Sanyo PLC-XL50, XGA Ultra-Short Throw Business Projector Review
What a strange looking projector. I’m not sure what, exactly it looks like, but it sure is different. I normally like to say – starting from the front, and expect to start talking about the lens. In this case, the lens is not in the front, in fact, nothing is in the front – as the front is almost against the wall the screen is on.
So, let’s start with an image of the projector:
Looking from the back (also blank), the controls are on the left side, while the control panel is on the top of the area that extends out to the right of the projector.
Light comes out of the window of the back part of the projector, on the “front” side of that section, where the case of the projector forms a V (from front to back).
The Sanyo PLC-XL50 does not have a zoom lens, but does have the ability to use a modest amount of digital zoom to change the size of the image. Primarily though, moving the projector a couple of inches one way or another is the preferred method of adjusting to different sized screens/image size. The lens is described by Sanyo as a “large diameter aspheric (non-spherical) lens” working in conjunction with an aspheric mirror and and a new optical engine. Bottom line – it works as advertised!
The projector does not offer lens shift, but does have keystone correction if needed.
Let’s start with the control panel. Interestingly the control panel is laid out, and labeled, to be read easily when standing along side the projector to its right (the right, if looking from the back).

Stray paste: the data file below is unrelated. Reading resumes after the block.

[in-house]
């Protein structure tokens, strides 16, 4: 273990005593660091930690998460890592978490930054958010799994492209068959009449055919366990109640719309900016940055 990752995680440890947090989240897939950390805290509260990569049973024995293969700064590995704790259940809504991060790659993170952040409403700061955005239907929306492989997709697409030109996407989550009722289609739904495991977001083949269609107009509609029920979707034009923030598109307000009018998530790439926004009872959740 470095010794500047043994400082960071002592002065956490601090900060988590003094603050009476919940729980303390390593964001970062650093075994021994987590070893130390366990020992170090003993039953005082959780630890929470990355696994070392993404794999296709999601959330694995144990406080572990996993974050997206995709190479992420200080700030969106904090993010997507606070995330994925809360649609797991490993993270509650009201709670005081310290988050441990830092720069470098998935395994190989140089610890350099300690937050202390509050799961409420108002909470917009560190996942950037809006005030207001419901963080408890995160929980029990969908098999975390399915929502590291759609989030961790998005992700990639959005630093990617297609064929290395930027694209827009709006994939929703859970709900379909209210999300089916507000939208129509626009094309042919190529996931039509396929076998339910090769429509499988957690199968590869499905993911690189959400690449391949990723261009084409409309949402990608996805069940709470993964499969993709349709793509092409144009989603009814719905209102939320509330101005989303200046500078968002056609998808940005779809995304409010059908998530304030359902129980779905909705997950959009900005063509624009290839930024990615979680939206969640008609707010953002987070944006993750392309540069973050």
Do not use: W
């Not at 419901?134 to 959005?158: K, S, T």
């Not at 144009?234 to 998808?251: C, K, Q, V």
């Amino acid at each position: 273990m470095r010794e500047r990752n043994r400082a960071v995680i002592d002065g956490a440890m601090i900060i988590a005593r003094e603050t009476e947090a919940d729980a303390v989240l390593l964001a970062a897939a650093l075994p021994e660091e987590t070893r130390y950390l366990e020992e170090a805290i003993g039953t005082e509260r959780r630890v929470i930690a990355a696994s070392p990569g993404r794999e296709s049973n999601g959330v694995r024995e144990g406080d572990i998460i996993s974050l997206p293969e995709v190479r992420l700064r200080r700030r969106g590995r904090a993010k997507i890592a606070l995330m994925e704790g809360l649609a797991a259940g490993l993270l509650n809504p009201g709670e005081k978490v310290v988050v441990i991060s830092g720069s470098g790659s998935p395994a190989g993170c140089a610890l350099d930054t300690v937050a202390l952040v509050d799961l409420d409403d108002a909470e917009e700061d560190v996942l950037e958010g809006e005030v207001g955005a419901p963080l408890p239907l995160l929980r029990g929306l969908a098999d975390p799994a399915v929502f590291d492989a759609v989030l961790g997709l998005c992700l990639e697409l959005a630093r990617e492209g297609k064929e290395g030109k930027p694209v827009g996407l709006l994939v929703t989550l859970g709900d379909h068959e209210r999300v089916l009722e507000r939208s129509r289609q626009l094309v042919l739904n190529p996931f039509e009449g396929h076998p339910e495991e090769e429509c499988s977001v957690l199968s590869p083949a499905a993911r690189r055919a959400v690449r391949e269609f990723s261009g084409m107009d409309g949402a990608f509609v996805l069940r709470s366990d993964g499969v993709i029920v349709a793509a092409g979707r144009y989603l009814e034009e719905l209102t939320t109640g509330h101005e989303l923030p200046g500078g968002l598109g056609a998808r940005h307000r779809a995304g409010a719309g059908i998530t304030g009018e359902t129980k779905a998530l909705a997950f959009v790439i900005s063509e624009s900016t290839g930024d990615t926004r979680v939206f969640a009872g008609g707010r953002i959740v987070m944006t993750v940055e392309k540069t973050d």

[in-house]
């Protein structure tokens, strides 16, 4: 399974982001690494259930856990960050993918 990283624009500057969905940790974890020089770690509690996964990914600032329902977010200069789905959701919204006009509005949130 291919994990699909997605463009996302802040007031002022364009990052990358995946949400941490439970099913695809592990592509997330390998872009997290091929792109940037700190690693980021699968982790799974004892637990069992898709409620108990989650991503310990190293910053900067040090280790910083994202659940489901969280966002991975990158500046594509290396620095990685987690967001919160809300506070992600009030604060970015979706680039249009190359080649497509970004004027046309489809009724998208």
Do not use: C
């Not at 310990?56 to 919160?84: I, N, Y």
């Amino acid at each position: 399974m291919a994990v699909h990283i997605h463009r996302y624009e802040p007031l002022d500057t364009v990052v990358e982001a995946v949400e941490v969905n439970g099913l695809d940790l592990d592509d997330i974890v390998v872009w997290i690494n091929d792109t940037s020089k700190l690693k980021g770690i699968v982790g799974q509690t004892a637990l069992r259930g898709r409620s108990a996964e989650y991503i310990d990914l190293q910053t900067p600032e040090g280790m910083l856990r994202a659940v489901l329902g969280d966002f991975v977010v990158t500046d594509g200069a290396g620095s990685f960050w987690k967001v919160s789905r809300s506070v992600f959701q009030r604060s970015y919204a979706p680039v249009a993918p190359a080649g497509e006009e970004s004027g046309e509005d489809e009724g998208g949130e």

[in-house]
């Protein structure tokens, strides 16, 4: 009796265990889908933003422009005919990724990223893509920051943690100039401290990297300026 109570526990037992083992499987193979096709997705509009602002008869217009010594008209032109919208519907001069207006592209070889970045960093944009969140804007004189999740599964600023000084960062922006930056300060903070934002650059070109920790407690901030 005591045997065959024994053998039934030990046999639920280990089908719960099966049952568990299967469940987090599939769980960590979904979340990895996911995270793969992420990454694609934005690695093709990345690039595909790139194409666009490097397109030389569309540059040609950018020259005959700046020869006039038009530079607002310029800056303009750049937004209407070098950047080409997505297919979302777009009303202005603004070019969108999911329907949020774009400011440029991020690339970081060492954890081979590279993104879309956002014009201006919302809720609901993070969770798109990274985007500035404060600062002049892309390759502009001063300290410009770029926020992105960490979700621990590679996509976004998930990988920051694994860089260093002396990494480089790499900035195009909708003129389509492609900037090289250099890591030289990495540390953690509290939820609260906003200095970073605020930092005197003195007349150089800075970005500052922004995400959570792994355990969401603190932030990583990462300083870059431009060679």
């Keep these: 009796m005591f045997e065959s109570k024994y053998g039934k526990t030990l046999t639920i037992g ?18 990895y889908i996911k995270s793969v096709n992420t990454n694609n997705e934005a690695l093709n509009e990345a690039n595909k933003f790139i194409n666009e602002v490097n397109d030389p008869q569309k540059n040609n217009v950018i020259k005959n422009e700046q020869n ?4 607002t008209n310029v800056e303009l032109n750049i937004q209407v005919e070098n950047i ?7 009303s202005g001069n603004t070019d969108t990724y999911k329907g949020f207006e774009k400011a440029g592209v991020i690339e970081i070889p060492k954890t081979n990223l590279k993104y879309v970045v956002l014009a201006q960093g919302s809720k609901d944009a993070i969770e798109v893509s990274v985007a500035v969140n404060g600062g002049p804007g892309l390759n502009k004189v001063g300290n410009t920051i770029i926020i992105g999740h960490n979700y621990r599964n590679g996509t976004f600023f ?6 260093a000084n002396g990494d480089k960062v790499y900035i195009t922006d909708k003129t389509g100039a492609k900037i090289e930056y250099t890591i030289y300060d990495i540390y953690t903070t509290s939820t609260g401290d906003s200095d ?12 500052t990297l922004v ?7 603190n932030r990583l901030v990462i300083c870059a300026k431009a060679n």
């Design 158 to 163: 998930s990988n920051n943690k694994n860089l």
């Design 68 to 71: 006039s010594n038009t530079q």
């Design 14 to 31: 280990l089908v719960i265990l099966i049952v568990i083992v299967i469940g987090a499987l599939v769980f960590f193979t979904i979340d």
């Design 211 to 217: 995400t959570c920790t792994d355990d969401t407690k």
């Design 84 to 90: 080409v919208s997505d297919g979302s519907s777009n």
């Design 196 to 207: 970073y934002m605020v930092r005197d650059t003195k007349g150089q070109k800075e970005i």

At the top of the control panel is the power button, and next to it, the Keystone correction button. On the next row are the Input select, and the Menu button. Below that, is a disc pad with four arrow keys, and finally, below that, the Select (enter) button. The arrow keys double as digital zoom in/out (up and down arrows), and the left and right arrows control speaker volume. On the main body of the projector, just “above” the control panel, are four indicator lights: Alarm, Power, Warning, and Lamp.
On the side opposite, are the input controls. From the top left, to top right:
RS-232 for command and control, Computer 1 input, Computer 2 input (can be changed to a monitor out, via menu control), and component video input (three color coded RCA jacks). The computer 1 input can, instead of supporting a traditional analog computer input, also work with a SCART or RGB (component) source.
On the second row, there are four buttons for the built in alarm system (more on that later), the obilgatory S-Video and composite video inputs, Stereo audio input (stereo mini-jack) for a computer source, a pair of RCA jacks for audio input from a video source, and an Audio output to drive powered speakers, or audio switching. The power receptacle is located below the other inputs, toward the right.
Just to the right of the inputs is a small, recessed slide for image focus.
On the top of the projector about 3 inches forward of the back, is a small “bump” which is the infra-red sensor for the remote control.
That, folks, is all there is to the XL50, except to say that there are different ways to mount. The image shows the attachable feet that would be used for normal tabletop setup, although the projector can be mounted upside down, or vertically, as needed.
The next question becomes – how is the overall image quality, considering the unique design of the Sanyo PLC-XL50. We discuss many aspects of image quality,
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